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There’s no tea without sweets to go with the bitter tea flavor!

If I’m honest, it was probably the sweets that really kept me interested while I was first learning. The MVPs of okashi sweets are mochi (glutinous rice), white and red sweet bean pastes, plus the occasional appearance of roasted soybean flour (kinako), chestnut (kuri), sweet potato and so on.

There are two main types of wagashi (Japanese-style sweets) used in Tea: higashi “dry” sweets and omogashi “moist” sweets. Omogashi are the more involved and elaborate sweets that typically have some kind of mochi or other wrapper around a sweet, soft filling like red or white bean. When you’re having a lot of matcha, these go with koicha thick tea. Then, higashi dry sweets tend to be smaller, simpler, and like the name implies: dry sugar pastilles or pressed shapes. These classically go with usucha thin tea.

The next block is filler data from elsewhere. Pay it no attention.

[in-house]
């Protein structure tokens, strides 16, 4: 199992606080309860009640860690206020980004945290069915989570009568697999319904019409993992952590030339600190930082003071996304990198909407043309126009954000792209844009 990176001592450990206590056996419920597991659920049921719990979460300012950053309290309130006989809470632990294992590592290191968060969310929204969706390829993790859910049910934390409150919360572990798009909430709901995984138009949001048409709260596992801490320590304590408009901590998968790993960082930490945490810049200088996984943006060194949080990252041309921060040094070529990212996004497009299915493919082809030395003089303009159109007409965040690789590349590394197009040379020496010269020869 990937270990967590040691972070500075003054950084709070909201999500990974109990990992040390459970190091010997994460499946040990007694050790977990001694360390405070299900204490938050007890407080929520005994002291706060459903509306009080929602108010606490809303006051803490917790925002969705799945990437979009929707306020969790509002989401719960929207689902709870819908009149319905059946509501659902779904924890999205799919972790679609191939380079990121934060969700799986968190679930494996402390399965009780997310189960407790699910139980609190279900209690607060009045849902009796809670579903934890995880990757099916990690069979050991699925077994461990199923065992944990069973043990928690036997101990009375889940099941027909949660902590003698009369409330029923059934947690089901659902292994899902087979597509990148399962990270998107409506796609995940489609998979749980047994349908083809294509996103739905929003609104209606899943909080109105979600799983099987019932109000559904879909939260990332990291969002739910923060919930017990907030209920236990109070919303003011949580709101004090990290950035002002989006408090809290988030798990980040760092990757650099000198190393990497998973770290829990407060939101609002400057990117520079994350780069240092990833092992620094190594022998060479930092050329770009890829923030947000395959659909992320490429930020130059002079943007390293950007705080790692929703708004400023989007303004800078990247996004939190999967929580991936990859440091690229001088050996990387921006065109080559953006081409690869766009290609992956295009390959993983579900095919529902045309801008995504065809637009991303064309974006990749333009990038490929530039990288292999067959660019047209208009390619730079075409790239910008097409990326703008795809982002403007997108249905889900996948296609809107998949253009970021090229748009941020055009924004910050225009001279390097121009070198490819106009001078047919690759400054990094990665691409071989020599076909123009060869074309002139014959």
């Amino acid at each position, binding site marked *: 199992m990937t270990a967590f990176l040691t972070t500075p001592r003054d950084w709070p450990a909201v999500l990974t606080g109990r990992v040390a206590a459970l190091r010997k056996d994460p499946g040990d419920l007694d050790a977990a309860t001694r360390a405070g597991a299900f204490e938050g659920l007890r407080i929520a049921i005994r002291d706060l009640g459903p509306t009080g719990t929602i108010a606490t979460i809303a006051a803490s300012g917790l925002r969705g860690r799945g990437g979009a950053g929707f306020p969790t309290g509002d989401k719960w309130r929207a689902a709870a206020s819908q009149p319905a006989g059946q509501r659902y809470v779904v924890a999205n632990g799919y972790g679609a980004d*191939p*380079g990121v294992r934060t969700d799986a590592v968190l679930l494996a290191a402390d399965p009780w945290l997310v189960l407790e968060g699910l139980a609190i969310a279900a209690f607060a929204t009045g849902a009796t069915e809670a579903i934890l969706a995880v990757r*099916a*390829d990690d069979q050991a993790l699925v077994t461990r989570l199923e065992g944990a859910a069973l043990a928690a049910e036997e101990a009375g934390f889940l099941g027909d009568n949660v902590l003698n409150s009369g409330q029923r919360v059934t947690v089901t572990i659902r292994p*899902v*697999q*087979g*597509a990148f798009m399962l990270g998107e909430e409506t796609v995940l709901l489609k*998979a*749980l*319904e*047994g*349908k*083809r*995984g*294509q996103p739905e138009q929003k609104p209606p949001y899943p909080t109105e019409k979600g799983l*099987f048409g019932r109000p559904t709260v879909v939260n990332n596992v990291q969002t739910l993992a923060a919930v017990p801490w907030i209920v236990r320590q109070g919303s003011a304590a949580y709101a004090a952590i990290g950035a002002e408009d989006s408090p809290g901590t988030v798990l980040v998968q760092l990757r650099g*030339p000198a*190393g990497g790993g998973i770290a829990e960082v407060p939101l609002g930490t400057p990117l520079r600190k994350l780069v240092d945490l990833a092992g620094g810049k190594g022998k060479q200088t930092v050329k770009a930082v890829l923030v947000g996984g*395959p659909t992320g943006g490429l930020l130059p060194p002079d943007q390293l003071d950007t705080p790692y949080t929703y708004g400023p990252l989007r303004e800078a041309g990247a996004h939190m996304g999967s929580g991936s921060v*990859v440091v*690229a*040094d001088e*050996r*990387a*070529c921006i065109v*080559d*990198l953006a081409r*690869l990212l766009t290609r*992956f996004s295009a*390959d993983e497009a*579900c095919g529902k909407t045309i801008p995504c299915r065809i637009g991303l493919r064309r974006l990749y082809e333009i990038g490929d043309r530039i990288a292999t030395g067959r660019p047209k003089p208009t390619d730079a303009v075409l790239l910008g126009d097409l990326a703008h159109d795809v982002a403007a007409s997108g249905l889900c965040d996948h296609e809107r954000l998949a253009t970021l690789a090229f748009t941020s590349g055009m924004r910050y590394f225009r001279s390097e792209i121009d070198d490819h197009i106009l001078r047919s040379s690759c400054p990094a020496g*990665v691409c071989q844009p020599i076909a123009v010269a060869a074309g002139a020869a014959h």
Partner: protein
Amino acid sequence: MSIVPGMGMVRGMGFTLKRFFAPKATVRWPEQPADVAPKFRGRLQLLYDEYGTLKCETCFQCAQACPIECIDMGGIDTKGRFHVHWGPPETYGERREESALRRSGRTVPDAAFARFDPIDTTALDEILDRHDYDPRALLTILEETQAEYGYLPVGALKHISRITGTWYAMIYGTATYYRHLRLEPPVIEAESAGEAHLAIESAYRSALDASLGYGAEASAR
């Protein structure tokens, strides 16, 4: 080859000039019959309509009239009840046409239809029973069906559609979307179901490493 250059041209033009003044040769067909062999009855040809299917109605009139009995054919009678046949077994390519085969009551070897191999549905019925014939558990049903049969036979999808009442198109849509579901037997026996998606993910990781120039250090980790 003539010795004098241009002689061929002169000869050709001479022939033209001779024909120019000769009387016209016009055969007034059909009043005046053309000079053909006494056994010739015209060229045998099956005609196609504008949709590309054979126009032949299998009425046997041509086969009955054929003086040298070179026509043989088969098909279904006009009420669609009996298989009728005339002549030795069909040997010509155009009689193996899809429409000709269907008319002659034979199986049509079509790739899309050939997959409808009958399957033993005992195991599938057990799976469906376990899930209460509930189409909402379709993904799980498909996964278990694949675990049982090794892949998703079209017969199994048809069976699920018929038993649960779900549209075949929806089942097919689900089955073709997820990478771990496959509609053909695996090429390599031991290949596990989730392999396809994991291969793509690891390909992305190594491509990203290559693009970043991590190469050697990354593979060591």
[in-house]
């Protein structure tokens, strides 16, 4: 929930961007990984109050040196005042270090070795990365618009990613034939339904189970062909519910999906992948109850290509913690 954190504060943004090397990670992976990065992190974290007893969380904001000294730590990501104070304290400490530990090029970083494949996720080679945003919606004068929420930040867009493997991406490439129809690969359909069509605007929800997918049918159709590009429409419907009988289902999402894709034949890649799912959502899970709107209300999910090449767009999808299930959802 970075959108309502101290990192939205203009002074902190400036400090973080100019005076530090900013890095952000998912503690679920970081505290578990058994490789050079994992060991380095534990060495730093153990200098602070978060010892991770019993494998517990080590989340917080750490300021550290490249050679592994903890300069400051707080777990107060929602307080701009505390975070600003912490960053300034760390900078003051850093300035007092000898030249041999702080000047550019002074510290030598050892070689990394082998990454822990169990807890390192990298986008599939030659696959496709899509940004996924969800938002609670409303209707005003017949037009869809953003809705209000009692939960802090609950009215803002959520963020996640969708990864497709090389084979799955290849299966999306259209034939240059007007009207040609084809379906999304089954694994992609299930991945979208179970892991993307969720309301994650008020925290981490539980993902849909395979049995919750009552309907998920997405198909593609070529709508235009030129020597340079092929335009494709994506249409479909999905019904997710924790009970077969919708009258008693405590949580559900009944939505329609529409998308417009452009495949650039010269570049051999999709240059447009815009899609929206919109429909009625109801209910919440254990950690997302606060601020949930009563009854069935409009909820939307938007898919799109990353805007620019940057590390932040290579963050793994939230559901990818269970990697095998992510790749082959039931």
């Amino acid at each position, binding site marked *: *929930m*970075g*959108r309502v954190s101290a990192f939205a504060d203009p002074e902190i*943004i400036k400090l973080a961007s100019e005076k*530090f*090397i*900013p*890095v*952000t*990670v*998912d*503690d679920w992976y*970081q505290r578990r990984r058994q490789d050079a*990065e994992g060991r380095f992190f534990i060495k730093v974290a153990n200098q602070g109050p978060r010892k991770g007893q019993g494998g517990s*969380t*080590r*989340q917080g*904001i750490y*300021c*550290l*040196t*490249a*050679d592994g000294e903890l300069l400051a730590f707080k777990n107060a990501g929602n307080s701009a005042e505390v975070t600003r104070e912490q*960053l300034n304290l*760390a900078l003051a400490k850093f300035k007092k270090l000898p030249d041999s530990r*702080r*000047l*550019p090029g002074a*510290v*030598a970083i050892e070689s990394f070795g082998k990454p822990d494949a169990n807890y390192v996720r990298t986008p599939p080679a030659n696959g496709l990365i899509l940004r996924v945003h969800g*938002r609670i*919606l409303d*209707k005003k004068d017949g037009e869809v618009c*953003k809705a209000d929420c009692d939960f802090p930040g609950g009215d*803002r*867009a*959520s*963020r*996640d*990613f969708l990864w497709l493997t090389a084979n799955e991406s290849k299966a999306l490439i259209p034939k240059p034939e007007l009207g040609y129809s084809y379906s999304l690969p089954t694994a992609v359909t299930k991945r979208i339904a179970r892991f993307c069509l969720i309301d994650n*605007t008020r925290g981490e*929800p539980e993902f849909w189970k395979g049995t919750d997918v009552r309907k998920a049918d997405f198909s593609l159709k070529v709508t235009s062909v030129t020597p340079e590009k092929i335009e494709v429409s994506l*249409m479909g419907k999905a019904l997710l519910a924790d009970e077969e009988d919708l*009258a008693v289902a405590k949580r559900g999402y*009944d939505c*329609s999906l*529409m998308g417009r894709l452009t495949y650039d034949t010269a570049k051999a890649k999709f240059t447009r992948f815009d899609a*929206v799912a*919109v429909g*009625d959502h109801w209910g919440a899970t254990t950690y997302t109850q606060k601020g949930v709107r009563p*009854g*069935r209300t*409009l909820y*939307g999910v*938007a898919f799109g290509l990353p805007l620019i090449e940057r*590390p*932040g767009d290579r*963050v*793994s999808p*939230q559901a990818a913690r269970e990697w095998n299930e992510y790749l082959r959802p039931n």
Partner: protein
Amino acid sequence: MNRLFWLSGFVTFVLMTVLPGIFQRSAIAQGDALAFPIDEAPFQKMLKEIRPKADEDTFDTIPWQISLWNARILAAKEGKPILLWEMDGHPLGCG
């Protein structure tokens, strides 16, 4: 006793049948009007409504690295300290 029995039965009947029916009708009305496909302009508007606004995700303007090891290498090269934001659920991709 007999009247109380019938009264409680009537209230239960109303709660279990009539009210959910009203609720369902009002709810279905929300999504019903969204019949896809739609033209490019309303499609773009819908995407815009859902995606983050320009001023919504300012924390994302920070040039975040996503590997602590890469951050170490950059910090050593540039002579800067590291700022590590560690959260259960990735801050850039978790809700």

While nowhere on earth can compete with Kyoto for beautiful, creative, and historical wagashi, luckily for us in Los Angeles we have a few great traditional Japanese sweets shops. Probably the two most beloved in L.A. today are Chikara Mochi (their name is a pun on mochi and being powerful!) in Gardena and Fugetsudo in Little Tokyo. Fugetsudo is the oldest business in Little Tokyo - since 1903 - (it might be the oldest Japanese-American business in the US!) and is now run by its third generation, Brian Kito. We will definitely be getting Fugetsudo wagashi from time to time- but if you ever find yourself in Little Tokyo on your own, be sure to drop in and try some!

~ Prof. Michelle Liu Carriger

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